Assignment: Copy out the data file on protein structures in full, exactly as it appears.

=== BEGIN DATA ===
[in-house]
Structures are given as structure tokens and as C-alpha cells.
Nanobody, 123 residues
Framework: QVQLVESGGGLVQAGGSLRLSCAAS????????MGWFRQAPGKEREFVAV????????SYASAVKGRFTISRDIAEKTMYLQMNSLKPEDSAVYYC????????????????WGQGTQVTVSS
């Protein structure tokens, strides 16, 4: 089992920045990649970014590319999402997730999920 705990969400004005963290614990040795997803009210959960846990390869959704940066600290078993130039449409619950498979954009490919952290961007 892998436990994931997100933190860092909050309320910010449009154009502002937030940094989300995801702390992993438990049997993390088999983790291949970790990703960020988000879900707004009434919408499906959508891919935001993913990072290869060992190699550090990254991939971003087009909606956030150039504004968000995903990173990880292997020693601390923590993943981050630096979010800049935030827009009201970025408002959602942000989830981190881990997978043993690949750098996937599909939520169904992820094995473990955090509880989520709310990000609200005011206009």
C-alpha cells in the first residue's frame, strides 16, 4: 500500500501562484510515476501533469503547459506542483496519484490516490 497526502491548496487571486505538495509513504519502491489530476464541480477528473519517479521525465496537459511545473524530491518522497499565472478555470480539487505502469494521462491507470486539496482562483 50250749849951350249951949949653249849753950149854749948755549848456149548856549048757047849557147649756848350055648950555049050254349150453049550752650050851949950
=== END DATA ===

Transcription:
[in-house]
Structures are given as structure tokens and as C-alpha cells.
Nanobody, 123 residues
Framework: QVQLVESGGGLVQAGGSLRLSCAAS????????MGWFRQAPGKEREFVAV????????SYASAVKGRFTISRDIAEKTMYLQMNSLKPEDSAVYYC????????????????WGQGTQVTVSS
């Protein structure tokens, strides 16, 4: 089992920045990649970014590319999402997730999920 705990969400004005963290614990040795997803009210959960846990390869959704940066600290078993130039449409619950498979954009490919952290961007 892998436990994931997100933190860092909050309320910010449009154009502002937030940094989300995801702390992993438990049997993390088999983790291949970790990703960020988000879900707004009434919408499906959508891919935001993913990072290869060992190699550090990254991939971003087009909606956030150039504004968000995903990173990880292997020693601390923590993943981050630096979010800049935030827009009201970025408002959602942000989830981190881990997978043993690949750098996937599909939520169904992820094995473990955090509880989520709310990000609200005011206009």
C-alpha cells in the first residue's frame, strides 16, 4: 500500500501562484510515476501533469503547459506542483496519484490516490 497526502491548496487571486505538495509513504519502491489530476464541480477528473519517479521525465496537459511545473524530491518522497499565472478555470480539487505502469494521462491507470486539496482562483 50250749849951350249951949949653249849753950149854749948755549848456149548856549048757047849557147649756848350055648950555049050254349150453049550752650050851949950